I got a lot of really interesting questions about Stardust by Neil Gaiman on my first Weekly Geeks #12 post. Since this is a book I read earlier this year, I’m going to expand the WG questions into a longer review.
Andi from AndiLit asked: What did you think of Stardust? Everyone raves about it so much that I feel like my mediocre reading of it might be something about my life at that moment rather than the book.
When I first started reading Stardust, I checked out an illustrated version of the story from the kids section at our library. I fell in love with the pictures and prose — there is something really child-like about it, and I think the illustrated version does a good job of capturing it. After I had to return that copy to the library, and bought the trade paperback version thinking it wouldn’t make much of a difference. Boy, was I wrong. I really didn’t enjoy the paperback version of it, I think because the visual and verbal combination in the illustrated version (and movie) are so good that the straight text loses something by itself. I’m not sure what version you read, but I would understand finding the book mediocre without some of the beautiful visuals.
Rachel from americanbibliophile asked: How did you feel it stacks up to other works by Gaiman?
Unfortunately, the only other work my Gaiman I started was American Gods, and it was a book I couldn’t get though. I think it just wasn’t what I wanted to be reading at the time, and I intend to go back to it when I have time. I hope to read more Gaiman though… recommendations?
Care from Care’s Book Club asked: Did you see the movie?
Yes — the movie was actually my first experience with Stardust.
Michelle from inthelouvre.org asked: If you have seen the Stardust movie, is there anything you feel the movie handled better than the book, or vice versa? And have you read a lot else by Gaiman? What would you recommend to someone who has only read Stardust, but who hasn’t ever particularly liked Terry Pratchett?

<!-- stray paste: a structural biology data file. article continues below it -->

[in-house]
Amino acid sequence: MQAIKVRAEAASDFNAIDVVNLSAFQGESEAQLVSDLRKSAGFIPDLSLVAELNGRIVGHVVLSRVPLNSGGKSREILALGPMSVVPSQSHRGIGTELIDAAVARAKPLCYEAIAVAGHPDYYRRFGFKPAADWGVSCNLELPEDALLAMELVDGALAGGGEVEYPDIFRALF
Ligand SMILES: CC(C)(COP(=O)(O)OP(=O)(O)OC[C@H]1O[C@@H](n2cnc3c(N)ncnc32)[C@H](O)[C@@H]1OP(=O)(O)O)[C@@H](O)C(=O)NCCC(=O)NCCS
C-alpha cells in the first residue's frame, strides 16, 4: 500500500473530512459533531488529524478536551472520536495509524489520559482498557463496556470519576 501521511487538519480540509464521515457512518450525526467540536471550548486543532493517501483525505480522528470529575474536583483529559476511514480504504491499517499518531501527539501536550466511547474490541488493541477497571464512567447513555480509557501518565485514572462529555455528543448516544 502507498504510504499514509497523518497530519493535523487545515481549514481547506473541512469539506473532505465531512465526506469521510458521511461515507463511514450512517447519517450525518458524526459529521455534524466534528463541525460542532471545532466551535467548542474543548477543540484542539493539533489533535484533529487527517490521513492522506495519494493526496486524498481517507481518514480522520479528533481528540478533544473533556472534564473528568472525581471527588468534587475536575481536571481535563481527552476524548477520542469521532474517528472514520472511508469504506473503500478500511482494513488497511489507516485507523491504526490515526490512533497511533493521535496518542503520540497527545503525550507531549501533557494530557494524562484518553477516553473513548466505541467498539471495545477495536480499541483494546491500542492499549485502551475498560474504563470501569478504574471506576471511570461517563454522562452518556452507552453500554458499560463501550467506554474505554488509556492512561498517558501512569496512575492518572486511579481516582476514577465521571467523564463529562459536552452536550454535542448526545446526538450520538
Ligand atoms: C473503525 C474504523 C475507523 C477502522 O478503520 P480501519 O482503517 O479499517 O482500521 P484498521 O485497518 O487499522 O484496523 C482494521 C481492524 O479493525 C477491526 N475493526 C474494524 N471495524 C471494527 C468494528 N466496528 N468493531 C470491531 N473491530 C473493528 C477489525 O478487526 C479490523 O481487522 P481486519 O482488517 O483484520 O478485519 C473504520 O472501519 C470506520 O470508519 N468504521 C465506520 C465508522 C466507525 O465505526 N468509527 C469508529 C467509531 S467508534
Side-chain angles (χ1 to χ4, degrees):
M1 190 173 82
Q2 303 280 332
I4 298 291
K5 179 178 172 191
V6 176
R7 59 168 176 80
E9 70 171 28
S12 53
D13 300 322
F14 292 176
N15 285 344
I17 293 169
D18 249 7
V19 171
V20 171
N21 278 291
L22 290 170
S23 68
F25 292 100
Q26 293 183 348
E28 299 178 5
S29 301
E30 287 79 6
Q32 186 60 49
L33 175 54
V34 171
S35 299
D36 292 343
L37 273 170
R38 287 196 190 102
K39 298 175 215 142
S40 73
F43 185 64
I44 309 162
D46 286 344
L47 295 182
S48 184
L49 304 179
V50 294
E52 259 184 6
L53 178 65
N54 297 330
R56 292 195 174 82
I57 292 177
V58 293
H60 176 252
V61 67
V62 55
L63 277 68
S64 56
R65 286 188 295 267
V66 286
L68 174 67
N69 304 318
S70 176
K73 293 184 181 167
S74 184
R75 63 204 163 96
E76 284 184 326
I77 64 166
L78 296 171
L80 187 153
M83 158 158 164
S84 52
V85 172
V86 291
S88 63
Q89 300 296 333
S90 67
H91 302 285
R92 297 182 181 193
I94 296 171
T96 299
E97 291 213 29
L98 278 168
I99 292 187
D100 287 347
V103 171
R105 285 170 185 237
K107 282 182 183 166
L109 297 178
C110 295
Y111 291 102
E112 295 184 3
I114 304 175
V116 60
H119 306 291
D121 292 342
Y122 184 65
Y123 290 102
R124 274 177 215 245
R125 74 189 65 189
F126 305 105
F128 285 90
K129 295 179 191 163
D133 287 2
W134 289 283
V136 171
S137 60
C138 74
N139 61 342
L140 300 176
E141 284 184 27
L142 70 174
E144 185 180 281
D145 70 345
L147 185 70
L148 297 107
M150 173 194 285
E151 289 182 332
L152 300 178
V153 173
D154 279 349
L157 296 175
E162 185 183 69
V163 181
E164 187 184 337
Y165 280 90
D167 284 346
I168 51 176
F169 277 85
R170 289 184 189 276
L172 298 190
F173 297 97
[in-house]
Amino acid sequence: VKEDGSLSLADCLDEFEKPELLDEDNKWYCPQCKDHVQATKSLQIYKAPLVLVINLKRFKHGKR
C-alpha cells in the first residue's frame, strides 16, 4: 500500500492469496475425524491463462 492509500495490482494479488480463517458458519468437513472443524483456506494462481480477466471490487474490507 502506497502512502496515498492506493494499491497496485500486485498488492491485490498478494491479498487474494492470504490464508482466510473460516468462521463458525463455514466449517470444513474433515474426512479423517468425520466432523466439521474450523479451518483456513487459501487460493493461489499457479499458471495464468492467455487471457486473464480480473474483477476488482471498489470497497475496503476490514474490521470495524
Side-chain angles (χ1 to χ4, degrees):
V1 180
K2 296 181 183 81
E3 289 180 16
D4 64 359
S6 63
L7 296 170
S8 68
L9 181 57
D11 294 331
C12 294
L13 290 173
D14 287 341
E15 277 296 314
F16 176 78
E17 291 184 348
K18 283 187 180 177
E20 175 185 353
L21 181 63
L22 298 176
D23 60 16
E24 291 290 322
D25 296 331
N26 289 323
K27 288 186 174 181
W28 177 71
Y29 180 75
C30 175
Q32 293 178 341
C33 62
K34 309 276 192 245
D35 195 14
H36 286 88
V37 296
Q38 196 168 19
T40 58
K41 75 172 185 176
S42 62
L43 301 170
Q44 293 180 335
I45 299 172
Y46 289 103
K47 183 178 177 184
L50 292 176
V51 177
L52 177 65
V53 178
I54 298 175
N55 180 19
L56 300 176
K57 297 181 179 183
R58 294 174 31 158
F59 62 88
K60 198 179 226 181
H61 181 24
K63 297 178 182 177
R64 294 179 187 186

I liked the movie better because I think it took what is a pretty slim book and expanded the story into something much richer. Characters like Captain Shakespeare (brilliantly played by Robert de Niro) and Lamia (Michelle Pfeiffer) were a lot more complex and interesting in the movie. In fact, I think both Tristan and Yvaine have more room in the movie to be developed rather than just the characters they are in the story. I think the book does have good characters, but the longer movie has more time to develop them better. On the other hand, I like the ending of the book better than I like the ending of the movie. Without giving away spoilers, the book ending is a little darker, which I think is a little more appropriate.
I haven’t read much fantasy lately, but favorite fantasy series is His Dark Materials by Phillip Pullman. I’m not sure how they compare to Gaiman exactly, but I think they are great. However, do not see the movie The Golden Compass — it is terrible in comparison to the book.
Links to Enjoy:
- The official site for the movie Stardust
- “Neil Gaiman: Adults deserve good fairy tales too” by Jonathan D. Austin at CNN.com
- Neil Gaiman’s webpage: Neilgaiman.com
If you have reviewed this book, please leave a link to the review in the comments and I will add your review to the main post. All I ask is for you to do the same to mine — thanks!